Choreographer Benjamin Allen led a Hip Hop dance workshop in commemoration of Black History month on Wednesday night at California State University Northridge.
February is considered Black History month and in the effort to kick start the month-long celebration on campus, Dr. Aimee Glocke co-coordinated the event with Kinesiology professor Paula Thomson for all CSUN students to partake in.
The workshop was held not only to get students active, but to also engage them in the learning and understanding of the dance, which originated in New York among predominantly African-American artists.
“It’s individual expression… and is breaking boundaries,” said Thomson when expressing the importance of the dance. “It’s a part of modern dance and crosses gender and cultural lines.
“This is all about having fun,” said Allen to the dance-enthused students. The Los Angeles based choreographer assured the youth group that the only requirement as to dance.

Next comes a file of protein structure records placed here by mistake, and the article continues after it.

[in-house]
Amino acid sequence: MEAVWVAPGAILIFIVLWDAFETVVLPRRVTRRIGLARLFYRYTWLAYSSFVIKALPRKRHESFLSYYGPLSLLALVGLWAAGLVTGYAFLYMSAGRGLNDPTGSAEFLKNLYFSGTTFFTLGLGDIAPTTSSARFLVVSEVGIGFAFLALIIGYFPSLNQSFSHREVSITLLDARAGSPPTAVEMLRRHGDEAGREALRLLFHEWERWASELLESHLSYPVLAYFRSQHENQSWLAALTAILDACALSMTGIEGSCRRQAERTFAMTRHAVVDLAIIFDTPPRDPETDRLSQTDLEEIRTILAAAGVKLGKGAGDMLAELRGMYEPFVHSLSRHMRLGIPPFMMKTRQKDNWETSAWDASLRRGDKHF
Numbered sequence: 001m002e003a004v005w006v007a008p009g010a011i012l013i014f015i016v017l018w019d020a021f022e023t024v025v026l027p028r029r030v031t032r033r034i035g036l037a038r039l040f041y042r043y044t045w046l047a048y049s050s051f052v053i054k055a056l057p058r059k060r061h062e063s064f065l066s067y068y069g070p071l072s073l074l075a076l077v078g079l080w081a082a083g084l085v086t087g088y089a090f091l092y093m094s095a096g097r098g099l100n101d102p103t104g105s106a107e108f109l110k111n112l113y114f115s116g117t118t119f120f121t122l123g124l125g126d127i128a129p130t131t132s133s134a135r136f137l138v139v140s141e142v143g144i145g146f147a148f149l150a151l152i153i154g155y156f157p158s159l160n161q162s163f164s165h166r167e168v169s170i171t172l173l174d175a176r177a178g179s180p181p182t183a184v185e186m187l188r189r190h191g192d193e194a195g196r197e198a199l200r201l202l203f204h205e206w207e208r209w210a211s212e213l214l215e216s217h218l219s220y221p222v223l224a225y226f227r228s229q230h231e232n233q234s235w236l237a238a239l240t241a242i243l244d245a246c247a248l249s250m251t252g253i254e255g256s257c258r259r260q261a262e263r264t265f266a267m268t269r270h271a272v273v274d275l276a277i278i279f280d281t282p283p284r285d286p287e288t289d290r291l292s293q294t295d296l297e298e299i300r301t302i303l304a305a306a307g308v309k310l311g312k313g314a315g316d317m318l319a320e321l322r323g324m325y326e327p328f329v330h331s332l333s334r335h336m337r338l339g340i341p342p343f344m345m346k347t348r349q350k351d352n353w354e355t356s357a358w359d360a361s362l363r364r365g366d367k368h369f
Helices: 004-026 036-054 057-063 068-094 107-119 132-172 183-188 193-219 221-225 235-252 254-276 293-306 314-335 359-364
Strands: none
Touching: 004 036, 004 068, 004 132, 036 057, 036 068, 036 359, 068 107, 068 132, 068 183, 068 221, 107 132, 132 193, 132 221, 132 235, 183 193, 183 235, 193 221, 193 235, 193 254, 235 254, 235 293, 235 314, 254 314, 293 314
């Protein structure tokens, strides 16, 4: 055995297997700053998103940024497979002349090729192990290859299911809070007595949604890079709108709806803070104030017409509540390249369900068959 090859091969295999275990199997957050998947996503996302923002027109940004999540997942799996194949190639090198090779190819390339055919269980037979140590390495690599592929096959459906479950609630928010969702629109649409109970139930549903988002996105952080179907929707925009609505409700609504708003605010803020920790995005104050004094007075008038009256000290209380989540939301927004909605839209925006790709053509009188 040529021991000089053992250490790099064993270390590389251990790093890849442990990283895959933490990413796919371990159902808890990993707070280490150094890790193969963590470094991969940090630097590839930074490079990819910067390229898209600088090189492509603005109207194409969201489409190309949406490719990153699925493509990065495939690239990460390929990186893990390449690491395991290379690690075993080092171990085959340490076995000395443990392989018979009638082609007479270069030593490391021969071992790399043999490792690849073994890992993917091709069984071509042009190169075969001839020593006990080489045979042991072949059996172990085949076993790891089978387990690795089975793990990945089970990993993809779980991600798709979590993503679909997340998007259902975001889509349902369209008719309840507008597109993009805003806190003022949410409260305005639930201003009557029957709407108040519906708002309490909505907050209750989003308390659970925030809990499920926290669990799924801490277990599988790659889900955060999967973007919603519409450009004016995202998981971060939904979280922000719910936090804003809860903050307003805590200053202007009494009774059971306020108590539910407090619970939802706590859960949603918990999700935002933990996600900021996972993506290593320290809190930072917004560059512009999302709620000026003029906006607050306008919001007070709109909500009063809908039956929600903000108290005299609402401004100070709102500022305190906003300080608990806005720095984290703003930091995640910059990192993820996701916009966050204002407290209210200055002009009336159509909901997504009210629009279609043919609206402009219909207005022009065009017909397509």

This isn’t the only time that Allen has held a session at CSUN. The Groov3, the name of the dance session, creator held a similar workshop last year as a Black History month activity, as well. This year, said Glocke, the dance studio was much more packed than lasts’.
“The word got out and I’m glad to see that a lot of my students are taking part in this,” said Glocke, an assistant professor of the Pan-African studies department. Although she knows that a lot of the students attend for extra credit points, she’s glad that they step out of their comfort zone.
Students ranging from a variety of majors joined the choreographed session filled with live beats with DJ Kevin Cider at the turntables.
“This is an everyday routine for me,” said Bre Flores, 20, in regards to dancing Hip Hop. However, the Pan-African studies major raised a concern in the importance of the event.
“We should be having more cultural events more often, not just this month,” said Flores.
Glocke, acting as the current chair of the planning committee for the Black History Month activities, assured that more exciting events were to come. “It’s important to allow the students to learn about what they couldn’t in their K-12 education,” said Glocke.